Podlesh played fullback and linebacker in high school and ran on the 4x100 relay team that won a state championship. He was highly recruited out of high school and ended up being a four-year starter at Maryland. He doesn't have the greatest leg strength. He's a two-step punter with good pop and great form. He's a very good athlete.
DID YOU KNOW?
1. Three playoff teams from 2006 had rookie punters:
Sam Koch, Ravens
Ryan Plackemeier, Seahawks
Steve Weatherford, Saints
2. The highest any kicker was ever selected in the draft was sixth overall (Charles Gogolak by Washington). He kicked for six years and made 52 of 93 field-goal attempts (55.9 percent).
3. The first person to have the title of special teams coach was Marv Levy, current general manager of the Buffalo Bills.
4. Both kickers in Super Bowl XLI were undrafted out of college (Adam Vinatieri, Colts and Robbie Gould, Bears).
5. Mark Moseley was the last NFL kicker to kick field goals straight on. His last year was 1986. For his 16-year NFL career, he made 300 field goals in 457 attempts (65.6 percent).
Other punters in alphabetical order
Brendan Carney, Syracuse (6-3 7/8, 203)
Carney has value as a kickoff man. He had problems with kicks being blocked prior to his senior year.
Brandon Fields, Michigan State (6-4 7/8, 239)
Fields played offensive and defensive line in high school and led the nation in 2004 in punting average (47.9 per kick). He can kick off, but needs to improve his drop.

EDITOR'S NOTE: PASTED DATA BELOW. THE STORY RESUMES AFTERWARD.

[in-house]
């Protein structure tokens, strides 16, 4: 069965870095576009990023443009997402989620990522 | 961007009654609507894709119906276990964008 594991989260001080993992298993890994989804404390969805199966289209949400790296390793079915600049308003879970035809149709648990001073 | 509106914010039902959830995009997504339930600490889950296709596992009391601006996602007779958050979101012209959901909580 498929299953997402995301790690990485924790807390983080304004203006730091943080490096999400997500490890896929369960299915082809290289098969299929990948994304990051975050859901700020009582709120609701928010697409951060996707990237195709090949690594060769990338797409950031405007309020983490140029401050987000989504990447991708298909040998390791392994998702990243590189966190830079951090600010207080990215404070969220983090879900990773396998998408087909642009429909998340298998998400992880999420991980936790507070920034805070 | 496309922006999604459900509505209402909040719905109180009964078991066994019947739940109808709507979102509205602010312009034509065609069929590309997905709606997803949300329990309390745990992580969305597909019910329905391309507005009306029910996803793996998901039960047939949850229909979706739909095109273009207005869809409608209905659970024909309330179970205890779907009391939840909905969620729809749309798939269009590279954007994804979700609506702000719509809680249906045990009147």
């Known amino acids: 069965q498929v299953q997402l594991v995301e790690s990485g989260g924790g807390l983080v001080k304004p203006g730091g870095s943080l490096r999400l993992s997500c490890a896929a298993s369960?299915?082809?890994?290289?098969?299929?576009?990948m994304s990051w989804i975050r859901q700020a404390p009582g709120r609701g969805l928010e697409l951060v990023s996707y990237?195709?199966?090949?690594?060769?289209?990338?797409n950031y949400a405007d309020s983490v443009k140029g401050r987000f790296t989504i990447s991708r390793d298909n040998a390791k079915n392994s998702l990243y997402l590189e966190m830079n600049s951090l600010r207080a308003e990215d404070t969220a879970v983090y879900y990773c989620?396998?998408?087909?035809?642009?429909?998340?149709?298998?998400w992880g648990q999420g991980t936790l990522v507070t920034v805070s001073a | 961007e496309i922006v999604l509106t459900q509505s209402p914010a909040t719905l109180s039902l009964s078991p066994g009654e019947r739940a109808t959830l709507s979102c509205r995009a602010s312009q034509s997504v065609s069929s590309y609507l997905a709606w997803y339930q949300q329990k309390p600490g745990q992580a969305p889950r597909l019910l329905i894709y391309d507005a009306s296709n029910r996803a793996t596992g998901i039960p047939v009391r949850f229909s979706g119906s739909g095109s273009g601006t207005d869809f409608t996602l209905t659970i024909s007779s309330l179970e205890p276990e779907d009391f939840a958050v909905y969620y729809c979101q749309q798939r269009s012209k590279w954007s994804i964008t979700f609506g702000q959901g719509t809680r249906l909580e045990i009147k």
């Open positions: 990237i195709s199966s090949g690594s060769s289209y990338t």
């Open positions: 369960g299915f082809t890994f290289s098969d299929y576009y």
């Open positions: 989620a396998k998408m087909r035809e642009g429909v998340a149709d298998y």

Adam Graessle, Pittsburgh (6-4 3/8, 215)
Graessle was a punter and basketball player in high school. He played as a true freshman at Pittsburgh and was a kickoff specialist in 2003. He punted and kicked off the past three years.
Alex Reyes, Texas Tech (6-0¾, 232)
Reyes was the first players ever at Texas Tech under Mike Leach to receive a scholarship as a special teamer. He played as a true freshman, averaging 43 yards on 28 punts. He did not kick off at Texas Tech.
1. Tully Janszen, Texas (6-2 3/8, 253, 4.90)
Janszen wasn't invited to the Combine. He played on special teams and as a backup defensive lineman. He has the athletic ability to cover and make tackles. He can zip the ball back with good accuracy to the punter of field-goal holder. He should snap for a long time. He's a good person and Texas deep snappers have traditionally done well in the NFL.
2. Nick Leeson, Virginia Tech (6-1½, 255, 5.09)
Leeson worked out at the Combine. He played three sports in high school: football, basketball and baseball. He has very good velocity and accuracy. He needs to improve on coverage. He's a good prospect.
3. Aaron King, Texas El-Paso (6-0¾, 239, 4.85)
King worked out at the Combine. He was a linebacker and quarterback in high school. He played as a true freshman as a deep snapper. His father played football at Texas Tech. He gets the ball back with accuracy and velocity. He led the team in punt coverage tackles.